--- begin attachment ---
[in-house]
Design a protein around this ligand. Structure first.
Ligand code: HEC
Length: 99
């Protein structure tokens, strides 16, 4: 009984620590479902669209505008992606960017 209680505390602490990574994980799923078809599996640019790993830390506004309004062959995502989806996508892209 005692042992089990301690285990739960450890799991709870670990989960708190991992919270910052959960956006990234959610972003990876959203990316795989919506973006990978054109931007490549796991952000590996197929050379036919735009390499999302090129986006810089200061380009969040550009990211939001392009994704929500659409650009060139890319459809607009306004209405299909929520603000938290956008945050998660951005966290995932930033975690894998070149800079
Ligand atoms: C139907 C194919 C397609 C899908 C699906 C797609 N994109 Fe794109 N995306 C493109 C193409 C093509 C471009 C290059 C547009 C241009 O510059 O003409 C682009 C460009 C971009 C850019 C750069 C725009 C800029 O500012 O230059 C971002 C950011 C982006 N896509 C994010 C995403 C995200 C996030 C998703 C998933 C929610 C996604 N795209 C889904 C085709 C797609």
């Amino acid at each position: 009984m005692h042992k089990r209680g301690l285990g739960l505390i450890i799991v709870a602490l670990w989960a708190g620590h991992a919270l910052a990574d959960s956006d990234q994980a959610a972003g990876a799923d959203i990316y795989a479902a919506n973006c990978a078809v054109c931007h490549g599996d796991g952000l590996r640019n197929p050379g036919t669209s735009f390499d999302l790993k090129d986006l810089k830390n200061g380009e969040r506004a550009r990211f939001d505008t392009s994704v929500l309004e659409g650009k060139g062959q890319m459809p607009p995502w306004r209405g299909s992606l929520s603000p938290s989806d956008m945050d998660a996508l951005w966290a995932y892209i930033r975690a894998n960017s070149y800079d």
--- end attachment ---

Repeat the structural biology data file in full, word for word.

[in-house]
Design a protein around this ligand. Structure first.
Ligand code: HEC
Length: 99
């Protein structure tokens, strides 16, 4: 009984620590479902669209505008992606960017 209680505390602490990574994980799923078809599996640019790993830390506004309004062959995502989806996508892209 005692042992089990301690285990739960450890799991709870670990989960708190991992919270910052959960956006990234959610972003990876959203990316795989919506973006990978054109931007490549796991952000590996197929050379036919735009390499999302090129986006810089200061380009969040550009990211939001392009994704929500659409650009060139890319459809607009306004209405299909929520603000938290956008945050998660951005966290995932930033975690894998070149800079
Ligand atoms: C139907 C194919 C397609 C899908 C699906 C797609 N994109 Fe794109 N995306 C493109 C193409 C093509 C471009 C290059 C547009 C241009 O510059 O003409 C682009 C460009 C971009 C850019 C750069 C725009 C800029 O500012 O230059 C971002 C950011 C982006 N896509 C994010 C995403 C995200 C996030 C998703 C998933 C929610 C996604 N795209 C889904 C085709 C797609």
């Amino acid at each position: 009984m005692h042992k089990r209680g301690l285990g739960l505390i450890i799991v709870a602490l670990w989960a708190g620590h991992a919270l910052a990574d959960s956006d990234q994980a959610a972003g990876a799923d959203i990316y795989a479902a919506n973006c990978a078809v054109c931007h490549g599996d796991g952000l590996r640019n197929p050379g036919t669209s735009f390499d999302l790993k090129d986006l810089k830390n200061g380009e969040r506004a550009r990211f939001d505008t392009s994704v929500l309004e659409g650009k060139g062959q890319m459809p607009p995502w306004r209405g299909s992606l929520s603000p938290s989806d956008m945050d998660a996508l951005w966290a995932y892209i930033r975690a894998n960017s070149y800079d």